The new issue of *Canadian Psychology* includes an article: “Chronic
Insomnia: Recent Advances and Innovations in Treatment Developments and

The author is Charles M. Morin.

Here’s how the article begins:

[begin excerpt]

Sleep is a vital function, essential to psychological and physical well-

Not surprisingly, sleep disturbances, particularly insomnia, are very
common amongst individuals with psychological or medical problems.

Insomnia is amongst the most prevalent health complaints and the most
common of all sleep disorders in the general population.

Epidemiological estimates indicate that 30% of the adult population
reports insomnia symptoms at least occasionally, while 10% presents an
insomnia disorder (Morin, LeBlanc, Daley, Gregoire, & Merette, 2006;
Ohayon, 2002).

The University of Rochester Medical Center issued the following news release:

Cognitive behavioral therapy for insomnia significantly improved sleep
for patients with chronic neck or back pain and also reduced the extent
to which pain interfered with their daily functioning, according to a
study by University of Rochester Medical Center researchers.

The study, published online by the journal Sleep Medicine, demonstrates
that a behavioral intervention can help patients who already are taking
medications for pain and might be reluctant or unable to take additional
drugs to treat sleep disturbance.

“This therapy made a major difference to these patients,” said Carla R.
Jungquist, F.N.P., Ph.D., of the Medical Center’s Sleep and
Neurophysiology Research Laboratory, who is the lead author of the Sleep
Medicine article.


A nice summary on this, with links to articles for further reading


Like hunger and thirst, sleep is a basic biological drive we can’t ignore. In fact, when we don’t get enough of it, our bodies eventually force us to make up for the sleep lost. However, why we sleep remains a mystery-and one of the biggest unanswered questions in psychology.

But recently, results from sleep studies in humans and animals have begun to lead some promising explanations. Researchers are finding that sleep may help babies learn the placement of their own limbs (“To sleep, perchance to twitch”), it may help adults fix new memories in their brains (“Let’s sleep on it”), it may give the brain time to replenish energy stores (“Brain, heal thyself”) or it may allow it to recuperate from the learning it does during the day (“Wild findings on animal sleep”). Or-perhaps most likely-sleep may do some combination of all those things.

Indeed, although there’s no consensus yet, researchers are beginning to figure out what’s really going on during this deceptively passive third of our lives.

APA Monitor Volume 37, No. 1 January 2006

The journal *Archives of Internal Medicine* issued the following news release:

Insomnia often appears to be a persistent condition

About three-fourths of individuals with insomnia report experiencing the
condition for at least one year and almost half experience it for three
years, according to a report in the March 9 issue of Archives of
Internal Medicine, one of the JAMA/Archives journals.

Insomnia is the inability to fall asleep or stay asleep. “Approximately
30 percent of adults report symptoms of insomnia and 6 percent to 10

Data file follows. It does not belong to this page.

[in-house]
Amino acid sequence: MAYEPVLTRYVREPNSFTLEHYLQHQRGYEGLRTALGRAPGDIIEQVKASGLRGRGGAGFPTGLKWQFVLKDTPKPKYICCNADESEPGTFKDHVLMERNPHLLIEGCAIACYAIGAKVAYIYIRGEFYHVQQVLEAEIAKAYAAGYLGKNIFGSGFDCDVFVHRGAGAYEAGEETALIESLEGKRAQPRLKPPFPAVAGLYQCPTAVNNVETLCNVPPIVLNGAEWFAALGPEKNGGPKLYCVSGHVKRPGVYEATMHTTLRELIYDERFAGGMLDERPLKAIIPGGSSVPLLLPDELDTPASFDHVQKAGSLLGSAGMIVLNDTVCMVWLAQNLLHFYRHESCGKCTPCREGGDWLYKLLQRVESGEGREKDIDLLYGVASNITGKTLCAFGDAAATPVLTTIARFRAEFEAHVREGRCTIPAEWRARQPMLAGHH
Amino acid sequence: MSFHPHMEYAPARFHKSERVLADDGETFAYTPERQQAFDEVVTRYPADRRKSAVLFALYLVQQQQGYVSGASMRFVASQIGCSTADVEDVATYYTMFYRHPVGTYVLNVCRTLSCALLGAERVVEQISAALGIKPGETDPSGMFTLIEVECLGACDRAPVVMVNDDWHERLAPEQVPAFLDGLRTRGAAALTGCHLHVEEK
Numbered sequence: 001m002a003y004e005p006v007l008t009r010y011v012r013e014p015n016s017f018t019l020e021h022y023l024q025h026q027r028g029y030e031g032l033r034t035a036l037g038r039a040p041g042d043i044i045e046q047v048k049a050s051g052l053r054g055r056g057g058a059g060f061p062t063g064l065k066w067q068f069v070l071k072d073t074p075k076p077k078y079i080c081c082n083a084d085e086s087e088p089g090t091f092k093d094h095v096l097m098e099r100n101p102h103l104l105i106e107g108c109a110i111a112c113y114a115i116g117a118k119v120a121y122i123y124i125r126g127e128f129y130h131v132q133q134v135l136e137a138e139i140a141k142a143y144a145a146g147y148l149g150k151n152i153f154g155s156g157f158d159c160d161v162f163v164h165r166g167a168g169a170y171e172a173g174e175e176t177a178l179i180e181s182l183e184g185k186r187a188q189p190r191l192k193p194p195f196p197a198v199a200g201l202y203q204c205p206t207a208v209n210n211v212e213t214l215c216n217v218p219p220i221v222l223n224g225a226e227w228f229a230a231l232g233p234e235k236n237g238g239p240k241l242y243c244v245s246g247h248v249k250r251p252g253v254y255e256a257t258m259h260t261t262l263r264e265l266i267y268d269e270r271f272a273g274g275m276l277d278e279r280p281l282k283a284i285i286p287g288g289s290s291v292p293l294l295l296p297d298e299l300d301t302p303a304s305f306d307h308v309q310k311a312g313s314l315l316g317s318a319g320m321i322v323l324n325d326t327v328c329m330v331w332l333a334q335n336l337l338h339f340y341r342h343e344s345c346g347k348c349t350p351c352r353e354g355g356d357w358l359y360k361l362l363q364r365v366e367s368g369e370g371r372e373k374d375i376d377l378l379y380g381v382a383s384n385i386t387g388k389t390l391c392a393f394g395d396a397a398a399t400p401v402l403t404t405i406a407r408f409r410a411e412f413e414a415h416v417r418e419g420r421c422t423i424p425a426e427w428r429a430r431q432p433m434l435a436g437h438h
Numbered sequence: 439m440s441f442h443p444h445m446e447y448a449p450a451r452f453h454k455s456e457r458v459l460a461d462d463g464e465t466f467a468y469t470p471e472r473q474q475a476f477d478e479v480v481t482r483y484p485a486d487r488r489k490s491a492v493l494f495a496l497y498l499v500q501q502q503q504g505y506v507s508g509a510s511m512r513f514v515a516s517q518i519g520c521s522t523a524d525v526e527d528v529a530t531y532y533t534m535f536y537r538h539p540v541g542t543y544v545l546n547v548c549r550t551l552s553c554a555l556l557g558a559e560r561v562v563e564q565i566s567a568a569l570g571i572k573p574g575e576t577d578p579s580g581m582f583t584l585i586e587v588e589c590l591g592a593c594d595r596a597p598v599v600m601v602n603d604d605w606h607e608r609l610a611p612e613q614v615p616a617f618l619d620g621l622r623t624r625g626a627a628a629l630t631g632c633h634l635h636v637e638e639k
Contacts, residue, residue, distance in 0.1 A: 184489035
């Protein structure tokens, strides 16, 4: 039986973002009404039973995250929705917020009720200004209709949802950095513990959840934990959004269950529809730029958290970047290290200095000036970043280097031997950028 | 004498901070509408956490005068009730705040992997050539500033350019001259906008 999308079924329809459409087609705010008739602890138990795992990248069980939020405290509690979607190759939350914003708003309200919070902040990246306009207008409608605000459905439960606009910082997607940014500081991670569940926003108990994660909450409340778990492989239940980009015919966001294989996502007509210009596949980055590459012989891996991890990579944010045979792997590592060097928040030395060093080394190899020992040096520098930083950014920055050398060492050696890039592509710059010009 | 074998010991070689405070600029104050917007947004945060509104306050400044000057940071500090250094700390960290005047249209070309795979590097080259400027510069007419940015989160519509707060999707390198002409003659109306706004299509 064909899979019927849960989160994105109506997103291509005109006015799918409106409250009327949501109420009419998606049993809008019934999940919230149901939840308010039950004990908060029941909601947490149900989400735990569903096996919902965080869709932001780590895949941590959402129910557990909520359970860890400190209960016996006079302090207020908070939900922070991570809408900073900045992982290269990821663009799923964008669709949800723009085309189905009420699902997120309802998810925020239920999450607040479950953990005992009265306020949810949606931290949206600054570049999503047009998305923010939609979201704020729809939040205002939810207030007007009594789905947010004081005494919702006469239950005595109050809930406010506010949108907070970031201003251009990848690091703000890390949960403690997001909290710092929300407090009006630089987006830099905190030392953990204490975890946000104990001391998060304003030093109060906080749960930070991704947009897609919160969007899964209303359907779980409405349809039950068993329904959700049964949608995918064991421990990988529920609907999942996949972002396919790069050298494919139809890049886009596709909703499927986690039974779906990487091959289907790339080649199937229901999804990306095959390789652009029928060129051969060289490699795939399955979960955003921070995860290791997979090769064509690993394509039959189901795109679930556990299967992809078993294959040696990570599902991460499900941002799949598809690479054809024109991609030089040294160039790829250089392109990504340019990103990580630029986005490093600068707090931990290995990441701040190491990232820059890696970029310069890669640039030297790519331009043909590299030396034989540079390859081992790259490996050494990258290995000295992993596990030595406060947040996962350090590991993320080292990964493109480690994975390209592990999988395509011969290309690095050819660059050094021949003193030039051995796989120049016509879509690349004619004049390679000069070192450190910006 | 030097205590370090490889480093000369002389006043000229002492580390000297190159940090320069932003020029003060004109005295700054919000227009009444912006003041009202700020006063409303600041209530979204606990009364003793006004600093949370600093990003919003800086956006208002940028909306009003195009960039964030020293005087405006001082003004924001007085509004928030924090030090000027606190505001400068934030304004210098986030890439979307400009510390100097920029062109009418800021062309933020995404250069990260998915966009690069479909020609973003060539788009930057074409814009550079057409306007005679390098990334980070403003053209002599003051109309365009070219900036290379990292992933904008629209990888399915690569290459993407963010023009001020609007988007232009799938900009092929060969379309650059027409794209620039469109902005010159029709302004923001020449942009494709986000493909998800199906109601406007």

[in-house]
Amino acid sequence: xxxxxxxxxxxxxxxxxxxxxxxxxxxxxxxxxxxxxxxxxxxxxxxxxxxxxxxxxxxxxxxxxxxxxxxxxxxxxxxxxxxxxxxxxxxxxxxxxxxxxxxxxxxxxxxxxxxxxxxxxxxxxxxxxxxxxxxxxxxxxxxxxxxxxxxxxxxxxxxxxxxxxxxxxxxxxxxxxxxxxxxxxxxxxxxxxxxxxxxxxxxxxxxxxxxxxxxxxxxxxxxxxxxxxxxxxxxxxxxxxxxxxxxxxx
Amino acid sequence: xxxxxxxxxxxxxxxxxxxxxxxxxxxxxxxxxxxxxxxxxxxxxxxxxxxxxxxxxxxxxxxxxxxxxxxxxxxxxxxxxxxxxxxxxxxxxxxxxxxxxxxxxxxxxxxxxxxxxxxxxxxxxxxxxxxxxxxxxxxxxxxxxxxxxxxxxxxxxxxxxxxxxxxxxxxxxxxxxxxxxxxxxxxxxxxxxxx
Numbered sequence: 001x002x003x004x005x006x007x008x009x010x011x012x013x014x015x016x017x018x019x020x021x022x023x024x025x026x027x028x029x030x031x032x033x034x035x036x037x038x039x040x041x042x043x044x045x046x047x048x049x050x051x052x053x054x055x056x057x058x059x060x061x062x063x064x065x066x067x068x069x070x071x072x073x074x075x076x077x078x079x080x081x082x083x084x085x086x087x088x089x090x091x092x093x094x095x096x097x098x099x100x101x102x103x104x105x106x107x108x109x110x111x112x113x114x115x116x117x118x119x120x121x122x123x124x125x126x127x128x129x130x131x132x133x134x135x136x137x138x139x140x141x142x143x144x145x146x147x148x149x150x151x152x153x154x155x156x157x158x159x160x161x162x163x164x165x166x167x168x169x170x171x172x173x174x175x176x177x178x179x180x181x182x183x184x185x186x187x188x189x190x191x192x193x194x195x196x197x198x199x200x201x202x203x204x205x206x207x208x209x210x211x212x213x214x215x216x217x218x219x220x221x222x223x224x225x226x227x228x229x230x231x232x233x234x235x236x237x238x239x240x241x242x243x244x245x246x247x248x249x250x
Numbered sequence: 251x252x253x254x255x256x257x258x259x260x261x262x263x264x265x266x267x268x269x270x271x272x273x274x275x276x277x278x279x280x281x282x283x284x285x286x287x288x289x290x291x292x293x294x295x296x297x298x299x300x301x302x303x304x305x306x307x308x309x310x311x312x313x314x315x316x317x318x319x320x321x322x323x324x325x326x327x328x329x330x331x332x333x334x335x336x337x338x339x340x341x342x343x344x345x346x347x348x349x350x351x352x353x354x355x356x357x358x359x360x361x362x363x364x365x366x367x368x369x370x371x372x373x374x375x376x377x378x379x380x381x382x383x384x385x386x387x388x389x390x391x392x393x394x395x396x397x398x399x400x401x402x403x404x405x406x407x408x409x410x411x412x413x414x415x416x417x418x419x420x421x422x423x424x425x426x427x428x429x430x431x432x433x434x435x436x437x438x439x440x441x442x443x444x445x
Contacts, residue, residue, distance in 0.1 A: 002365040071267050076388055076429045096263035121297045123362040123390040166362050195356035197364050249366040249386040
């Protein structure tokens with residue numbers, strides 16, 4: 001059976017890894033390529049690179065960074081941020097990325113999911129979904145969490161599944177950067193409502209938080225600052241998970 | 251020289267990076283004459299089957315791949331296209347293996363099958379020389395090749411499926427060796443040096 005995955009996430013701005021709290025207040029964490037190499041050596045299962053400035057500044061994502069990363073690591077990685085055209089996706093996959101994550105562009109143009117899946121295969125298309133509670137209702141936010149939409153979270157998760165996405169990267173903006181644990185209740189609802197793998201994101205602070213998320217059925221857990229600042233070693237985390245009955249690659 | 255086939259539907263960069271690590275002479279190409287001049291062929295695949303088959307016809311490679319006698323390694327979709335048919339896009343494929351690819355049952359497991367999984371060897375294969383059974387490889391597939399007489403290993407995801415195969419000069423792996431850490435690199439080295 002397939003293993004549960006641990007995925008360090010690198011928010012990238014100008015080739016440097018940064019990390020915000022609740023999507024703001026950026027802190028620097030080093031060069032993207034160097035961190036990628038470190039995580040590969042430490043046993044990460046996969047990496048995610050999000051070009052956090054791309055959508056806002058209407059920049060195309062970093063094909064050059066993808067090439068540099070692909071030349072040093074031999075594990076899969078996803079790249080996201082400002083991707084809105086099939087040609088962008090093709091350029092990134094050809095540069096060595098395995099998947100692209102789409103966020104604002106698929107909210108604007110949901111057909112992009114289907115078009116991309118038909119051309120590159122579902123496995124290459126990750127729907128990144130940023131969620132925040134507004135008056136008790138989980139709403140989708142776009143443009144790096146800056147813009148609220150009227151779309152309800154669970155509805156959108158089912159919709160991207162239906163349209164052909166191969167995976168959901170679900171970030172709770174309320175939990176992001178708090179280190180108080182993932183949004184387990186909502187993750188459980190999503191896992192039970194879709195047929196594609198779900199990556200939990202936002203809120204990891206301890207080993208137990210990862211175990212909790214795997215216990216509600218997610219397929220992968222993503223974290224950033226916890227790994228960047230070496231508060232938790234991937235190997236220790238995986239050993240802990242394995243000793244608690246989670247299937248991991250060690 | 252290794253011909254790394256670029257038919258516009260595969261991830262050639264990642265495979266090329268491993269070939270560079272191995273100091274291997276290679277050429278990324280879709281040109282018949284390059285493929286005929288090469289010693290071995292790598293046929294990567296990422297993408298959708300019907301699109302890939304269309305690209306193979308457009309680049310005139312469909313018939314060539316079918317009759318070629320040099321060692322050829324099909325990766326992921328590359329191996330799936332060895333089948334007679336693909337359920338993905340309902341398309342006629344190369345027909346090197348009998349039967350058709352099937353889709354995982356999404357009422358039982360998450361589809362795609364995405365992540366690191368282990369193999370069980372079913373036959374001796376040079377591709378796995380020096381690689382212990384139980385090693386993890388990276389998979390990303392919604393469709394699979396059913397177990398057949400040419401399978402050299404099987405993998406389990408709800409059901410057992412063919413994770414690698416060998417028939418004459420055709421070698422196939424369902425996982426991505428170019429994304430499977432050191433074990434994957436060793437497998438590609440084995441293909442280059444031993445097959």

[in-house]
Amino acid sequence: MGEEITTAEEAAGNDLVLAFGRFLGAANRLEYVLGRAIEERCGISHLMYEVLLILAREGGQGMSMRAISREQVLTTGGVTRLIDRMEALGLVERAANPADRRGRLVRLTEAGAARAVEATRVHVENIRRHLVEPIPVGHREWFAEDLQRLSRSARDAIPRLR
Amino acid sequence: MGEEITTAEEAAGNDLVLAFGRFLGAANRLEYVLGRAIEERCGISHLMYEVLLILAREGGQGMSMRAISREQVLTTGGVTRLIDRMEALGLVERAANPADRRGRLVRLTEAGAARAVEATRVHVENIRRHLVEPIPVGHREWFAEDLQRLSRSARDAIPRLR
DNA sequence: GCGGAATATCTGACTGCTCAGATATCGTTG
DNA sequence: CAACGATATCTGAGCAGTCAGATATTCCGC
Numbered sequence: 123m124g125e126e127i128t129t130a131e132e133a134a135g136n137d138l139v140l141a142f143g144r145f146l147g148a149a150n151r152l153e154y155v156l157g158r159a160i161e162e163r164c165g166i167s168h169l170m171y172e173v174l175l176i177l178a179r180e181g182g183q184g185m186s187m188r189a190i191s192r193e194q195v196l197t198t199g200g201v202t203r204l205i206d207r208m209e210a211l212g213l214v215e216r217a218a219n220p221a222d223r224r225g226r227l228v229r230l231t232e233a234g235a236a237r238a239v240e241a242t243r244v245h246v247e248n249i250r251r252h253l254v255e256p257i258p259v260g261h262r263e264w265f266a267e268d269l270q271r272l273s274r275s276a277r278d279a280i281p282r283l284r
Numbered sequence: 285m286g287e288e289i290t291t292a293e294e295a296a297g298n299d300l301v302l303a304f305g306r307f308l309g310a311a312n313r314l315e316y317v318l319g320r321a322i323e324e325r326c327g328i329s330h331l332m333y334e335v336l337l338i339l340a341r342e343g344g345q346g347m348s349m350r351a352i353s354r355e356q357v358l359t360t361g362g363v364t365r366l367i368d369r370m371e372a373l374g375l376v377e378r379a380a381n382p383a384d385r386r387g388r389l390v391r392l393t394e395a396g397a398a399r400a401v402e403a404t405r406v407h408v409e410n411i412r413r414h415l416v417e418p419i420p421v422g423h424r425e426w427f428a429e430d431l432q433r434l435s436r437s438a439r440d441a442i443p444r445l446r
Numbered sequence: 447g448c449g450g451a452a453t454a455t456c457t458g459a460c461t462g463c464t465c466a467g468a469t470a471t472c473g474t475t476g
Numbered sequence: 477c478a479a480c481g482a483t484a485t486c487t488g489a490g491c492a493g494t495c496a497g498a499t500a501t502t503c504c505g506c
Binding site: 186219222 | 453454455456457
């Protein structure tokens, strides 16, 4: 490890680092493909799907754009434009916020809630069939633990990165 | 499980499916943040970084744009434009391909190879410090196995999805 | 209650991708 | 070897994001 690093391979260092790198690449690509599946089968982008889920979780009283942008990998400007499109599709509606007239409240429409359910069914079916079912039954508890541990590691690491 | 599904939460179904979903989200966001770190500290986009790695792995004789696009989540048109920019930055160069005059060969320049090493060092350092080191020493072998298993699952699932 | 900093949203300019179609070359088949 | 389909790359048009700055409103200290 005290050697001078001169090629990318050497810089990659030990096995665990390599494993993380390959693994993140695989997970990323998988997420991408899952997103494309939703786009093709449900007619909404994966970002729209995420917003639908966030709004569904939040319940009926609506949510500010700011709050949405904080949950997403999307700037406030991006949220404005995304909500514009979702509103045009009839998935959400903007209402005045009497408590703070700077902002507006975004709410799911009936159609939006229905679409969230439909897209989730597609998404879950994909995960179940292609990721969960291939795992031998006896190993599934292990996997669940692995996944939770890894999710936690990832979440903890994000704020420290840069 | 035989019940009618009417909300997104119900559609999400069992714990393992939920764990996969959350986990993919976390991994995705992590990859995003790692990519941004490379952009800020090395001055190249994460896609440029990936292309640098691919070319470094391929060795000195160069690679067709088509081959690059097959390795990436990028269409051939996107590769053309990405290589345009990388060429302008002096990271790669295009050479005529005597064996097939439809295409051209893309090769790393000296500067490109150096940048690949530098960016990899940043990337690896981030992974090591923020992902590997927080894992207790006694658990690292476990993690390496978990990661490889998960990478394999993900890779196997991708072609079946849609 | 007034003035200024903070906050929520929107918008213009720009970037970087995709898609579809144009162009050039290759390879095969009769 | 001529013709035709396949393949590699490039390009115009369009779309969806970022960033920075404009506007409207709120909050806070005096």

percent meet diagnostic criteria for an insomnia disorder,” the authors
write as background information in the article. Several factors such as
being female, increasing age, having anxiety or depression and
experiencing pain from medical conditions have been associated with
insomnia. The condition has been linked to higher health care costs,
work absenteeism, disability and higher risk of hypertension and depression.

Charles M. Morin, Ph.D., of Universite Laval and Centre de recherche
Universite Laval–Robert Giffard, Quebec, Canada, and colleagues
evaluated insomnia persistence, remission and relapse in 388 adults
(average age 44.8) over a course of three years. Individuals with an
insomnia syndrome (insomnia symptoms at least three nights per week for
at least one month causing substantial distress or daytime impairment)
at the beginning of the study (n=119) were compared to those with
insomnia symptoms (n=269) to examine the course of initial severe sleep

“Of the study sample, 74 percent reported insomnia for at least one year
and 46 percent reported insomnia persisting over the entire three-year
study,” the authors write. The group with initial insomnia syndrome had
a higher persistence rate than the group with symptoms of insomnia (66.1
percent vs. 37.2 percent), respectively. About fifty-four percent of
participants went into insomnia remission; however, 26.7 percent of them
eventually experienced relapse. “Individuals with subsyndromal insomnia
[insomnia symptoms] at baseline were three times more likely to remit
than worsen to syndrome status, although persistence was the most
frequent course in that group as well,” the authors note.

Of the 269 individuals with baseline symptoms of insomnia, after one
year 38.4 percent were classified as good sleepers, 48.7 percent still
had insomnia symptoms and 12.9 percent had insomnia syndrome. Results
were similar after the second and third year of follow-up. Of the 119
participants with insomnia syndrome at the beginning of the study, 17
percent were good sleepers after one year, while 37 percent had symptoms
of insomnia and 46 percent remained in the insomnia syndrome group.

“This study provides preliminary evidence to better understand the
natural course of insomnia. Additional studies are needed, however, to
identify moderating and mediating factors of persistence, remission and
relapse,” the authors conclude. “Improved understanding of the long-term
course of persistent insomnia would be helpful to guide the development
of effective public health prevention and intervention programs to avert
long-term negative outcomes.”